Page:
Sunday, February 27, 2005

Is It Safe?

If you have a Bengal for a pet, sooner or later (usually sooner) someone is going to worry about whether it's safe to be around. Family members will fear for your life. Friends will worry about whether it's safe to let their children visit your home with this wild animal running loose. It's probably the number one concern of people who aren't really familiar with Bengals.

Look, cats - Bengals or otherwise - have claws and teeth and they know how to use them. I can't speak for all cats everywhere. But I have literally never seen Leela display an aggressive impulse toward any living thing. On the contrary, she's quite affectionate, and perhaps the most universally friendly cat I've ever seen. After a few thousand years of living with humans, house cats are pretty well domesticated. If one strikes out, it's probably because something's frightened it and it feels cornered and threatened. And Leela just doesn't seem to be afraid of anything. (Sure, she doesn't like the vacuum cleaner, but I'm not sure if she's actually afraid of it or just doesn't like the noise.)

Play is a special case, obviously. When she plays, she means it, as Laszlo can testify. But even there, she's very careful about skin. If she grabs bare skin, her claws are sheathed. In the rare cases when she nips, it's very gentle. She really seems to be aware of it and careful not to hurt you. Skin that's covered (and sadly for Laszlo, this includes fur) doesn't get quite as much deference. She will pounce with great abandon on movement beneath bedclothes - if you move while sleeping, or curl up beneath a quilt on the sofa. And in these cases, the no-claws rule doesn't apply. Again, we're not quite sure what her little kitty thought processes are. Does she not realize that this is the same foot she'd treat more gently if it were bare? Or does she just figure you've got protection and she doesn't need to hold back as much?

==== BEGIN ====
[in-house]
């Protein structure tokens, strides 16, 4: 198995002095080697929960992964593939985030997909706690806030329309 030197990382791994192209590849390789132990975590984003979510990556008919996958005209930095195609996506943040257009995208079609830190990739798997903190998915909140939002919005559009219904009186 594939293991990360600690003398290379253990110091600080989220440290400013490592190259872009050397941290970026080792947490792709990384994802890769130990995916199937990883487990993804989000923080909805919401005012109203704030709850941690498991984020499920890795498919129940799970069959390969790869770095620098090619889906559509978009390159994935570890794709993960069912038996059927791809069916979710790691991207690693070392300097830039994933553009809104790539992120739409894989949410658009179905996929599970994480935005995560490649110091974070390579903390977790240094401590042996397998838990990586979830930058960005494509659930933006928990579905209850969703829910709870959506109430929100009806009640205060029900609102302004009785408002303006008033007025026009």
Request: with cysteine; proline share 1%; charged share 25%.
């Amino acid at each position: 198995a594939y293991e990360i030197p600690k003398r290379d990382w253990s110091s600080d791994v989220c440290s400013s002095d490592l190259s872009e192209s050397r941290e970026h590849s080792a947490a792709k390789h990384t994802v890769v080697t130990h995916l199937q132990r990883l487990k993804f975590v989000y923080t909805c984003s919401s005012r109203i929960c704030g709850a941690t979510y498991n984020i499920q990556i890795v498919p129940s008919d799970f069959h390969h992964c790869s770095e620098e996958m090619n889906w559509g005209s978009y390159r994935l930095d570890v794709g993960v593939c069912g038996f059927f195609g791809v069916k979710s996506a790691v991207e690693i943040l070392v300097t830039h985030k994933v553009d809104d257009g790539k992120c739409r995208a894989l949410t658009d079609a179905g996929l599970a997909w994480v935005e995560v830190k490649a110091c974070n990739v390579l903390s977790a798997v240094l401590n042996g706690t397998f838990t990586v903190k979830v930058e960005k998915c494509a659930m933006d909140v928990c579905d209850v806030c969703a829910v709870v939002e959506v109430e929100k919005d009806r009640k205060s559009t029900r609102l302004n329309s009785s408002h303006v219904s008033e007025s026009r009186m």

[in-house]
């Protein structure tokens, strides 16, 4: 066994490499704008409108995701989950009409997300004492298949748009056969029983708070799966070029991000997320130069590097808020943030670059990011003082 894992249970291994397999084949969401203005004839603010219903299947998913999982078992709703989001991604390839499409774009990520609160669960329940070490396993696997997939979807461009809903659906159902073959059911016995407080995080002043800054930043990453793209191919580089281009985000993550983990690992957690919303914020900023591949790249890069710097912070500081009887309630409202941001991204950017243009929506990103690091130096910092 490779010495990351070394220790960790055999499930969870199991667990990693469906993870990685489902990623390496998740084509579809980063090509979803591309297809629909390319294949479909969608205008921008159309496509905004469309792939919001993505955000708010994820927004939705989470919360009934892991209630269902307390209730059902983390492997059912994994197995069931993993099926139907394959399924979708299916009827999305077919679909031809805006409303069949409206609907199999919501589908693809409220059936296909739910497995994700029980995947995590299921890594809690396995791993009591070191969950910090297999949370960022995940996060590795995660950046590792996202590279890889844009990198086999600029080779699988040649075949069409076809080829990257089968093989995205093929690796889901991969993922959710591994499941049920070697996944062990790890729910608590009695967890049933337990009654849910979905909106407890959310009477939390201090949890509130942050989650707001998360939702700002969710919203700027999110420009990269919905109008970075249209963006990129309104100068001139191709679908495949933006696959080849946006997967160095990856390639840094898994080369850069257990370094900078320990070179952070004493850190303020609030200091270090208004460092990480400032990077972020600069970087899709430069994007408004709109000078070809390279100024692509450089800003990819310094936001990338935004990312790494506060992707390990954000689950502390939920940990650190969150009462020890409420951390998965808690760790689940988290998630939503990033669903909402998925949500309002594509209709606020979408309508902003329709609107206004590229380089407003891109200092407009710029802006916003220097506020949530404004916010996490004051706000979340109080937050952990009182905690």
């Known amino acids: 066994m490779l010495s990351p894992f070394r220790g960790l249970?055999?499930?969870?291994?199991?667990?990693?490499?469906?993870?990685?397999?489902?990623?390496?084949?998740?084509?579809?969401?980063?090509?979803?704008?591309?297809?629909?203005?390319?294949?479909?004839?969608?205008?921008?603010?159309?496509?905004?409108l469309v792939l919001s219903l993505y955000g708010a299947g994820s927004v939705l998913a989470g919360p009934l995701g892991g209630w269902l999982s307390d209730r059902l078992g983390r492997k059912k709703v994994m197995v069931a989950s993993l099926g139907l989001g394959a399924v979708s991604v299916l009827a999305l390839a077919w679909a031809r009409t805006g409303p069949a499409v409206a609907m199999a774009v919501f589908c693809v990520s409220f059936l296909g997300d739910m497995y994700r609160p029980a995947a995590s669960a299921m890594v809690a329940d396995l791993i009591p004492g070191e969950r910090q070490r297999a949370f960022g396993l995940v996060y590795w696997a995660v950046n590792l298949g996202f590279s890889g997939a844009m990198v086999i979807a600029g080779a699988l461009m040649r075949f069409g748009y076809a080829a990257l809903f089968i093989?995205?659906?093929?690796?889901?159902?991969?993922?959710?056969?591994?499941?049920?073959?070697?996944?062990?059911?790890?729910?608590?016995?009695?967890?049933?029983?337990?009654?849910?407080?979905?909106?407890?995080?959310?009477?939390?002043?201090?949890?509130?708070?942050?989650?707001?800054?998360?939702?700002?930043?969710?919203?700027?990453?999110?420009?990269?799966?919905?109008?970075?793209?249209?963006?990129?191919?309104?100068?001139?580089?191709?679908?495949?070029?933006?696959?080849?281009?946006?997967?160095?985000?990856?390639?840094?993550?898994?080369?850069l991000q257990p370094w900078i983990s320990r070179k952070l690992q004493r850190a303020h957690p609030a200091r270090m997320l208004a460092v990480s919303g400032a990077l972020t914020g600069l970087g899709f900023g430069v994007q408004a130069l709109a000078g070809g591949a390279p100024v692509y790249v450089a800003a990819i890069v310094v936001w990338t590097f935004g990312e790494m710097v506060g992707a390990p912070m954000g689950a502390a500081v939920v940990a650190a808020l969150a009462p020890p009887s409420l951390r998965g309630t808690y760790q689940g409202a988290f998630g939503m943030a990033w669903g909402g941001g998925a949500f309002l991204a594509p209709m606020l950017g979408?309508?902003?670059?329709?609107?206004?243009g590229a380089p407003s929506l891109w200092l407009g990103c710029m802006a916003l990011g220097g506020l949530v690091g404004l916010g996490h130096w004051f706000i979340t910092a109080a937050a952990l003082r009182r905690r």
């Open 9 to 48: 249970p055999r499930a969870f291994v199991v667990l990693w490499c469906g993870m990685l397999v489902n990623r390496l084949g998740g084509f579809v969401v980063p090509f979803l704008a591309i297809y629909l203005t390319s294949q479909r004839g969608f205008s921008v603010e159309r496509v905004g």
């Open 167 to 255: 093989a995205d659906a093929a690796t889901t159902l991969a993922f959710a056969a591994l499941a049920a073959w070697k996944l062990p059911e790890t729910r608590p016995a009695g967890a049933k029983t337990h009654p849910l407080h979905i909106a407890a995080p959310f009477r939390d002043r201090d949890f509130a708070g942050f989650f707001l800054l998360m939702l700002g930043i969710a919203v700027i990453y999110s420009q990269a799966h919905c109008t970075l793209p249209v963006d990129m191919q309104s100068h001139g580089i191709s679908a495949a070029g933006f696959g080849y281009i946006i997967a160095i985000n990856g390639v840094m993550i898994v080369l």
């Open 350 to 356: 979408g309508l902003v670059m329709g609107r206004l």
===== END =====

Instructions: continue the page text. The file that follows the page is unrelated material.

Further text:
But in any case, the bottom line is that she's never broken my skin, deliberately or accidentally. And the frequency of minor scrapes and scratches is no greater than it's been with the domestic cats I've had for most of my life. (A heck of a lot less than one of them, in fact...)

We had an illuminating experience not long ago when a friend came over to visit with her daughter, who's about two and a half. Indeed, she was a bit wary about whether her daughter would be safe around the cat. And indeed, the moment the daughter saw our cats, it was all "kitties!" and she was off after them. Laszlo was like Keyser Soze. He was smoke. He was just gone. But Leela was curious. She stayed around and she tolerated all the enthusiastic poking and prodding without any kind of retaliation. When the girl got too aggressive, Leela would move off a bit, but she'd come right back. Like I said before, the best way to get scratched by a cat is to threaten and corner it, and that's just what over-eager kids are likely to unwittingly do. But since Leela was never afraid of her in the first place, this just never became an issue. A fine time was had by all.

So my conclusion is that, despite their "wild" ancestry, yes, it's safe to be around a Bengal. Quite possibly even safer than a standard domestic cat. She makes a lovely pet, and I can recommend the breed without reservation.


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